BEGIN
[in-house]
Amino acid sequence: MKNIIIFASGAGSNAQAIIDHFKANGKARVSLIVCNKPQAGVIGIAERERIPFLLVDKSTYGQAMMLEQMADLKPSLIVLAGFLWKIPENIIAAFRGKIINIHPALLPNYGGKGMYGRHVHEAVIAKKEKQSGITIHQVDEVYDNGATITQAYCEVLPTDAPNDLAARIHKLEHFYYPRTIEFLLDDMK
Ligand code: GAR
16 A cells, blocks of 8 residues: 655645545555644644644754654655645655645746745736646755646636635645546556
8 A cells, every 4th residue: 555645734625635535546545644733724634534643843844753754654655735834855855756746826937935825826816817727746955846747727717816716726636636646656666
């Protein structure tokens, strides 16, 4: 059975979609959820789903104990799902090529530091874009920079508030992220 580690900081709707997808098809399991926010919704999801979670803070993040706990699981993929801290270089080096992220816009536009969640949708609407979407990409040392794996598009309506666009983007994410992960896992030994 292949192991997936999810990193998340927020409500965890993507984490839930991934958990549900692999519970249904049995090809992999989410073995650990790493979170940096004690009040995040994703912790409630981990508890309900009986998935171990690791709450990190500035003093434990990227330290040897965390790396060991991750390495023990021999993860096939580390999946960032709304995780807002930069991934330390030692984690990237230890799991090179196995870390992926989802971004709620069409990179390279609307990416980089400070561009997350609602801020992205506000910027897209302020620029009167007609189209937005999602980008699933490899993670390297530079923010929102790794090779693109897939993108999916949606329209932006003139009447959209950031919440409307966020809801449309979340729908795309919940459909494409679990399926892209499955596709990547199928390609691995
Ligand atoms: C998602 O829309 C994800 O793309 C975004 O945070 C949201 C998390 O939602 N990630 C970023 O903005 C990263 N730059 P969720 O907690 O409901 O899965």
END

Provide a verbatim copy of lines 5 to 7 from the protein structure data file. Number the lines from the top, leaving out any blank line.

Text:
8 A cells, every 4th residue: 555645734625635535546545644733724634534643843844753754654655735834855855756746826937935825826816817727746955846747727717816716726636636646656666
């Protein structure tokens, strides 16, 4: 059975979609959820789903104990799902090529530091874009920079508030992220 580690900081709707997808098809399991926010919704999801979670803070993040706990699981993929801290270089080096992220816009536009969640949708609407979407990409040392794996598009309506666009983007994410992960896992030994 292949192991997936999810990193998340927020409500965890993507984490839930991934958990549900692999519970249904049995090809992999989410073995650990790493979170940096004690009040995040994703912790409630981990508890309900009986998935171990690791709450990190500035003093434990990227330290040897965390790396060991991750390495023990021999993860096939580390999946960032709304995780807002930069991934330390030692984690990237230890799991090179196995870390992926989802971004709620069409990179390279609307990416980089400070561009997350609602801020992205506000910027897209302020620029009167007609189209937005999602980008699933490899993670390297530079923010929102790794090779693109897939993108999916949606329209932006003139009447959209950031919440409307966020809801449309979340729908795309919940459909494409679990399926892209499955596709990547199928390609691995
Ligand atoms: C998602 O829309 C994800 O793309 C975004 O945070 C949201 C998390 O939602 N990630 C970023 O903005 C990263 N730059 P969720 O907690 O409901 O899965």